Talking about the truth: STEM School Highlands Ranch Shooting Victims


Banner at University of North Carolina who experienced a shooting days before the one at STEM (from UNC)

Context: Due to the recent events in Nashville, The Hilltopper had an opportunity to interview 2 victims from the STEM Highlands Ranch school shooting.  

In 2019, a school in Colorado was given the trauma of bullets being shot throughout the school.

STEM High School Highlands Ranch was changed on May 7 when 2 gunmen entered the school. 1 student died and 8 others were injured that day. With that, many have mental injuries that are hard to forget about.

Hannah Nikolaev, a victim of the Highlands Ranch shooting, spoke about her story. She was 12-years-old at the time, she is now 16 and still remembering that day. “Without thinking every single one of us ran to the corner the same way that was drilled into us the moment we started kindergarten.”

Every single year, schools in the United States do lockdown drills to prepare students. Schools never know if they are the next one to build trauma. Nikolaev didn’t know that a small school like STEM was going to be the next group of victims.

“You’d never think it would happen to you— I certainly didn’t. I told myself it’s a tiny charter school full of science kids in suburban Highlands Ranch, yet it did,” she said.

Tyler Horlacher, freshman during the time of the shooting, talked about the things that happened that day very vividly.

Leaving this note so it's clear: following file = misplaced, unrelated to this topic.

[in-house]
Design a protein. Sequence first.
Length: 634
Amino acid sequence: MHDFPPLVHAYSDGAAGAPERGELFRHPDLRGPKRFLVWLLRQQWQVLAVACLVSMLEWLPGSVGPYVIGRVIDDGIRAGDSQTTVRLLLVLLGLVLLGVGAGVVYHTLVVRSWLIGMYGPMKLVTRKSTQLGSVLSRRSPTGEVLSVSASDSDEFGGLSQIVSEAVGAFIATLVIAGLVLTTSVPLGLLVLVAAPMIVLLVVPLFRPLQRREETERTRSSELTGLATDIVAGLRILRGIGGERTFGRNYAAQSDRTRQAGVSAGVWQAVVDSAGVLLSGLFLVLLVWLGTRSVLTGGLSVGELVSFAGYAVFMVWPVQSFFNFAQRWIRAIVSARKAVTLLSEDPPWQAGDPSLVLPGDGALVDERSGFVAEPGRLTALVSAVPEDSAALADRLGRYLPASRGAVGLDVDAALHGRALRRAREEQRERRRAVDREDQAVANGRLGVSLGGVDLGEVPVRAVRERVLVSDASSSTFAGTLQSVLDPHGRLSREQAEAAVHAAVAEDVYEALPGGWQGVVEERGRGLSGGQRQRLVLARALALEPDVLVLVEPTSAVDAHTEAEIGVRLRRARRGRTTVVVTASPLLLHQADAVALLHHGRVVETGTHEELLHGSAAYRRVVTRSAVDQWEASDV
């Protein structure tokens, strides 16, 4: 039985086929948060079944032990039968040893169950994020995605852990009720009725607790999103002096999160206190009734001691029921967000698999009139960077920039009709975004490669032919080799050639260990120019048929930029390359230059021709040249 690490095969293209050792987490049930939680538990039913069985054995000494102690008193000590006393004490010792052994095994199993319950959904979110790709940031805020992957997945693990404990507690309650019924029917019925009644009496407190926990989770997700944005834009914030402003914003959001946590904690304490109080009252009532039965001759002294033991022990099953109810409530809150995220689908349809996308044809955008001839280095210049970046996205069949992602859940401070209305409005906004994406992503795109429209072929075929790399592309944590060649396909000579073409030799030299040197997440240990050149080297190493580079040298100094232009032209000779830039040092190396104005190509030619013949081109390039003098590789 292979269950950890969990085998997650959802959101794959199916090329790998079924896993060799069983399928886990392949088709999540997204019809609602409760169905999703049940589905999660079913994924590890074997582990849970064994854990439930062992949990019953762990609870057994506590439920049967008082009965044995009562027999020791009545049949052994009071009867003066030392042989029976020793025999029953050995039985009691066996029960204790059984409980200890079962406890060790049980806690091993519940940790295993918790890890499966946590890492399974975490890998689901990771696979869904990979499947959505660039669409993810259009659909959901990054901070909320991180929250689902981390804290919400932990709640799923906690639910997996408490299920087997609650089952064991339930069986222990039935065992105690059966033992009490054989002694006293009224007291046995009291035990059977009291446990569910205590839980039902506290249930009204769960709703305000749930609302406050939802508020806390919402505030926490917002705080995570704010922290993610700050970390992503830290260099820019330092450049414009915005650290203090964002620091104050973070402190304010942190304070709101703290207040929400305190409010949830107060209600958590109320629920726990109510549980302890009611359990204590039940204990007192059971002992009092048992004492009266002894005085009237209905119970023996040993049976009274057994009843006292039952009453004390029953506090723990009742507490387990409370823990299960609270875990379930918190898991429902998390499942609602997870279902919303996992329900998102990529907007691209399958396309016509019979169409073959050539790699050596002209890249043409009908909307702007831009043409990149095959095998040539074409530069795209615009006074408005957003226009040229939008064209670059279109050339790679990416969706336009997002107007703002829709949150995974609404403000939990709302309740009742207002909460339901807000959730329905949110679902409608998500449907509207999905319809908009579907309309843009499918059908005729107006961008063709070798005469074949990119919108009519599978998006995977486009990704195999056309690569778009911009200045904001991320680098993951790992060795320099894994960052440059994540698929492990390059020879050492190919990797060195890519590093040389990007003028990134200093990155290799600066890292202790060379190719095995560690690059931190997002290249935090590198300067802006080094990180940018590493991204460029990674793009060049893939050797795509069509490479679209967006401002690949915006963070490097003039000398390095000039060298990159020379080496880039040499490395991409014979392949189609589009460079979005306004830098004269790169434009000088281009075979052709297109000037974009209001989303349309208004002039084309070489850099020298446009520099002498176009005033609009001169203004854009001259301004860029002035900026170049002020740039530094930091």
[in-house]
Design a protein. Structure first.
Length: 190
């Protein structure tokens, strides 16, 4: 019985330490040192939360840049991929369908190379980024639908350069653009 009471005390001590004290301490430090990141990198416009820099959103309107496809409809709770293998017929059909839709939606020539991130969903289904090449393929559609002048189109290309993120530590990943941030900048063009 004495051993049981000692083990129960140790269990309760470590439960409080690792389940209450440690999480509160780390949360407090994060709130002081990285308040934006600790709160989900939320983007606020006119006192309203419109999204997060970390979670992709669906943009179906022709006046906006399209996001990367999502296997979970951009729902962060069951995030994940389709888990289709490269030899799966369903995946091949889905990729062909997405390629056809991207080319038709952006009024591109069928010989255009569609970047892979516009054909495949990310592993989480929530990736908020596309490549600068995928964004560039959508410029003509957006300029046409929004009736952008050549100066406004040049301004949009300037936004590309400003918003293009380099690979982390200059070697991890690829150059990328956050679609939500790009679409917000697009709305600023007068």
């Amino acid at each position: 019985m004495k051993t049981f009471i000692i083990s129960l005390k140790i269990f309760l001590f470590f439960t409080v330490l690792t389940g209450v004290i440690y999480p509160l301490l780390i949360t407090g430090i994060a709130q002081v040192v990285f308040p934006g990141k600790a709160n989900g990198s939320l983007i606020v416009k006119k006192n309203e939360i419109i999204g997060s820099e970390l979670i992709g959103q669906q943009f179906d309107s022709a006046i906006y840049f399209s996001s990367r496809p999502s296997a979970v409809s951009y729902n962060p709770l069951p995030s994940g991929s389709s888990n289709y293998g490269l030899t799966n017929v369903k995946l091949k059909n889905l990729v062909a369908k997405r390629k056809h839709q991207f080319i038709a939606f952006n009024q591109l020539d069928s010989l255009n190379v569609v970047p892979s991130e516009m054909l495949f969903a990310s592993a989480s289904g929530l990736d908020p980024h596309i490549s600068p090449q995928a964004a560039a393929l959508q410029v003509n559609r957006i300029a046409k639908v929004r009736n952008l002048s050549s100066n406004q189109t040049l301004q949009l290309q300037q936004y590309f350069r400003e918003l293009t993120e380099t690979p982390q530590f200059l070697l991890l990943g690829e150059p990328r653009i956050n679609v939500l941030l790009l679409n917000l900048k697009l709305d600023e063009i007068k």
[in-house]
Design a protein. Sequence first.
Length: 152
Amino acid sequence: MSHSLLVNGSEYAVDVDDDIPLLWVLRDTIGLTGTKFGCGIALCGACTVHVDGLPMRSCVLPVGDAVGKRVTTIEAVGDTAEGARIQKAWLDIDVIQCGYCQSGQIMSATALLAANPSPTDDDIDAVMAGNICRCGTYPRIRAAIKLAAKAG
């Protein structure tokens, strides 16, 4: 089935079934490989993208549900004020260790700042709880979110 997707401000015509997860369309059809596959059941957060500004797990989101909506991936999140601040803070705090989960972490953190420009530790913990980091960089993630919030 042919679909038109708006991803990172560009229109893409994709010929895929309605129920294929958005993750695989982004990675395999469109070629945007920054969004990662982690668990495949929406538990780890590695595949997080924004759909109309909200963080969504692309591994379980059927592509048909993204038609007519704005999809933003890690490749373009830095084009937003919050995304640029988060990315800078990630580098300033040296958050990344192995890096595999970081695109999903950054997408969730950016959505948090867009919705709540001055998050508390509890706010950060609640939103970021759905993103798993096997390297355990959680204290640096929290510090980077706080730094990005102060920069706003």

“We had a security guard who was armed who shot at the barrel of a gun coming around the corner (which turned out to be the police) which injured 2 innocent kids,” Horlacher said. It was a situation that put everyone in danger, kids, police, teachers, and security guards.

Going through the battle of a school shooting leaves a mental injury in everyone in the building. Fighting through the worry that you feel in the moment is something no one should have to go through, but dealing with losing your happiness after a day at school is something just as hard.

“The kid I was on May 7 died that day and I left her in the school, which has been hard to grieve for myself. I also lost a friend in the shooting. Hearing his mother cry was really hard. After we had gotten out, my friend came running up to me to hug me, and his shirt was covered in blood. I wasn’t reunited with my sister and couldn’t contact her until 5 hours after the shooting— I thought she had died,” Horlacher said.

People never know what is going to happen next on a day like that. What they can hope for is for no one else to ever feel the pain that they felt. It keeps happening to different schools all over the United States daily.

“It’s infuriating to feel like all of the trauma is just that, trauma. it lends to nothing anymore. Most don’t even know about stem or the other 99.99% of shootings. And that’s the worst part, the fact that they happen every day,” Nikolaev said.